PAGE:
Caution: food writing creates a set of self esteem issues you probably haven’t seen since the 10th grade. Once word gets around that you write about food, people start acting funny. When a friend recently heard I was attending a small get together for which he was cooking, he remarked “Oh great, now the pressure’s on. Why does she have to be there?” He was half-kidding (I think) seeing as how I was clearly standing within earshot, but it’s not the first time I’ve heard this sentiment. His blackened chicken fettuccine was remarkable, possibly better than one I could have concocted. His error lay not in thinking that his food wouldn’t meet my expectations, but that I had any expectations at all. I was just glad that someone else was doing the cooking for a change—sometimes cooking is a real joy for me, but it’s often the same utilitarian pain in the neck that it is for most people. He could have made a bowl of Cheerios and I would have thought it was pure genius.
A few times I’ve been mistakenly referred to as a “food critic” by friends, and I could see people get nervous, like they were thinking “Do I know anything about food? Should I bring up truffles? Can I cook? Am I going to have to feed this woman at some point?” My friends probably just lacked a better term for what I do, but food critic is off the mark. I don’t review restaurants for a living, and when I do write about restaurants, I’m not making value judgements most of the time. The idea of critiquing a restaurant and becoming a Taste Maker doesn’t really appeal to me. “Critic” implies that my taste somehow matters, both economically and socially, and it doesn’t. Trust me, restaurant owners aren’t pasting my photo up in their kitchens so that I’m given good service and good food every time. I get bad service and bad food just like all the other patrons in town. No cafe will be made or broken by the number of stars I dole out. Most importantly, the word “critic” seems to imply a sinister ulterior motive that I do not possess. I think food is too interesting and too much fun to ruin it by calling myself a Food Critic, donning some black rimmed hipster glasses, and taking notes every time I sit down to chicken wings at Big Daddy’s.
The insecurities food writing induces in the writer herself, however, are perhaps the worst; the dry, cardboard-like corn bread I took to a New Year’s Eve party… I knew everyone was whispering in the corners: she’s a food writer? really? this is terrible… I could make a better cornbread in my sleep. And really, they could have made a better cornbread than mine. It was awful. The macaroni and cheese I served at Christmas? A petroleum byproduct at best. The garbanzo bean salad I made for a friend’s recent dinner party? The silence was deafening. I would say I could only hear them chewing, but truthfully, they may have been swallowing each bite whole so that they wouldn’t have to taste it. That’s not to say that all of my food is bad. Obviously, I knock it out of the park on a fairly regular basis, but that doesn’t lessen my anxiety when it comes to preparing food for other people. I’m always worried if people will like my food, if I deserve to be writing about food. I worry that I won’t be able to live up to the impossible standards that I imagine other people have for me.
And my failures in the kitchen aren’t even the worst of it—I can’t even begin to tell you what I don’t know about food. I had honestly never tried lamb until three weeks ago. Never. I’ve never eaten foie gras or truffles. Not that I don’t want to try these things, I just haven’t yet had the opportunity. I don’t own a food processor. The ex kept my old one in the divorce and I’ve never bothered to replace it. I don’t own Silpat or a single piece of Le Creuset. And so I wonder sometimes, do I have a right to be writing about food?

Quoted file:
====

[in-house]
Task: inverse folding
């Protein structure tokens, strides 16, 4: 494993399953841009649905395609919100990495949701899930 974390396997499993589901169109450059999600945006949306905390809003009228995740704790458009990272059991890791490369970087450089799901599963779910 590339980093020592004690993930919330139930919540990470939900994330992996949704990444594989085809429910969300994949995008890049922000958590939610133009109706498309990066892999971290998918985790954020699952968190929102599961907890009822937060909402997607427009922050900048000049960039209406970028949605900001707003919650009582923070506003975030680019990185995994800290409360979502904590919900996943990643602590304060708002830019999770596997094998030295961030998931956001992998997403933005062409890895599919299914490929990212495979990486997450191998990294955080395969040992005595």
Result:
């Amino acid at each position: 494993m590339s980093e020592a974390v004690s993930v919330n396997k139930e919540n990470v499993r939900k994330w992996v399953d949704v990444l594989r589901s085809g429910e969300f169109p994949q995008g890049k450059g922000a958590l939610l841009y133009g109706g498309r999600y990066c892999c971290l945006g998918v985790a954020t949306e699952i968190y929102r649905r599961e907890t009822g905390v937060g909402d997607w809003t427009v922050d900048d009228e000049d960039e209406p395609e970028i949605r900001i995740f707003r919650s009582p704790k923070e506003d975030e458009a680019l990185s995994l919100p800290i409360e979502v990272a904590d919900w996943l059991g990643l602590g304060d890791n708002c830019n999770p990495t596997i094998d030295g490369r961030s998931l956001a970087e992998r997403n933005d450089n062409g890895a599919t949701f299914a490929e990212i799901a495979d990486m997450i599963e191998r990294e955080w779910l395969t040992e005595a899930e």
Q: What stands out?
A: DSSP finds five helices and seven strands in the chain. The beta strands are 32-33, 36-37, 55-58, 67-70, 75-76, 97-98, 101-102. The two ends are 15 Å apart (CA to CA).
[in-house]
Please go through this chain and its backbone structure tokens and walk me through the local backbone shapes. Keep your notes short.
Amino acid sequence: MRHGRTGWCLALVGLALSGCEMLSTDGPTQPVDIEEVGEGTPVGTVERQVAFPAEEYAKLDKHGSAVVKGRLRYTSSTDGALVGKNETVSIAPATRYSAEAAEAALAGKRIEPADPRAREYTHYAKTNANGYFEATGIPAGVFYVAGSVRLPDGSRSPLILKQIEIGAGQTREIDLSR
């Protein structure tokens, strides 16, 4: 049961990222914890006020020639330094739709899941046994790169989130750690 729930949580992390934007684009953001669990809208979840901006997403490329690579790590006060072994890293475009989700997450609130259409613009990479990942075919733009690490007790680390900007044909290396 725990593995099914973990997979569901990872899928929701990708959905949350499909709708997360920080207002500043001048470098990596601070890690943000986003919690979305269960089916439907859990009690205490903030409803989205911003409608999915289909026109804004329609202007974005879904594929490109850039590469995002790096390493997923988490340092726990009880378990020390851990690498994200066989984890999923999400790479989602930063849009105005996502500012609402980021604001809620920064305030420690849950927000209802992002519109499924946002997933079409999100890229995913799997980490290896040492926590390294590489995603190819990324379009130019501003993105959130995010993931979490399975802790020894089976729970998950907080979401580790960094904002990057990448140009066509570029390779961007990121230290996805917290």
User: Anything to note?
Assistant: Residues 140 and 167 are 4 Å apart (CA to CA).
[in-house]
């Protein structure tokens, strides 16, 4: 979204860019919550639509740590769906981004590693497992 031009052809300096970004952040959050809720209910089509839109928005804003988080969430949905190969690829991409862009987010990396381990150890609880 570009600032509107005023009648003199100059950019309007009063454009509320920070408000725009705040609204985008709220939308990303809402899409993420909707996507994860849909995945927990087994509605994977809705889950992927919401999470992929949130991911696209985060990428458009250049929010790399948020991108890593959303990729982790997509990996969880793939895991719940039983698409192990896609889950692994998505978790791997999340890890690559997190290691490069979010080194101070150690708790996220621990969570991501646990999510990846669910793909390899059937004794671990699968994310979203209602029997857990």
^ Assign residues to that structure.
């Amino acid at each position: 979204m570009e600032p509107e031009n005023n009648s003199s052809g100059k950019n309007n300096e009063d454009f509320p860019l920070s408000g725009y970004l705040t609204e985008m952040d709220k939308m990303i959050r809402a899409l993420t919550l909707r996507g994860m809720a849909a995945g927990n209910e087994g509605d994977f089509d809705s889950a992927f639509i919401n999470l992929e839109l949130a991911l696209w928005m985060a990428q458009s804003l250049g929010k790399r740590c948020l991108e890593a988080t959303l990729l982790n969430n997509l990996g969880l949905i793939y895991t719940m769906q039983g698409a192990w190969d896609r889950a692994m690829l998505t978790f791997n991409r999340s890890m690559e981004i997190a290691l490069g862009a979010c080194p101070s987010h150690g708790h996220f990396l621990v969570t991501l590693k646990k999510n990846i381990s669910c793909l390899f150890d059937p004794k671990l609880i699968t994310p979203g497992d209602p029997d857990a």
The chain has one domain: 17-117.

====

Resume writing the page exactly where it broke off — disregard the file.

Yes. Eating and cooking and then about food is, for me, a process of discovery: discovery of my own limitations and promise, discovery of the heritage and hospitality of my friends, discovery of what is good and fun and delicious in a town that is often hard to live in. And it’s a way for me to get to know my own insecurities and see past them. I have learned that my friends love me because of my mistakes, not in spite of my mistakes. They love the fact that I have a sense of humor about my failures, that I learn from them, and that I’m more human than foodie.
One of the mistakes I consistently make is that, in an effort to impress people, I will try something new and exciting. This is good. Courage and experimentation are necessary tools in the kitchen. Otherwise you’ll just make the same Hamburger Helper every night for the rest of your life. But if you’re going to make something new, don’t go too far; experiments fail. They should fail until they succeed. And you don’t want to try your first failure out on someone else.
The following is a recipe for something very simple. When your experimental cornbread recipe fails, you can whip this up in seconds, and for most of the year our local markets have plenty of heirloom tomatoes around.
Heirloom Tomato and Mozzarella Salad
If you want to be fancy call it: Heirloom Insalata Caprese
- 8-10 heirloom tomatoes (different sizes, colors, and types)
- 1 8-12 oz package of mozzarella pearls, drained
- 1/2 cup extra virgin olive oil
- 1/4 cup white balsamic vinegar
- salt and cracked pepper
Directions: Chop the tomatoes into broad chunks and mix them with the other ingredients. Add a bit of green (cilantro, spinach, parley, etc.) if you so desire.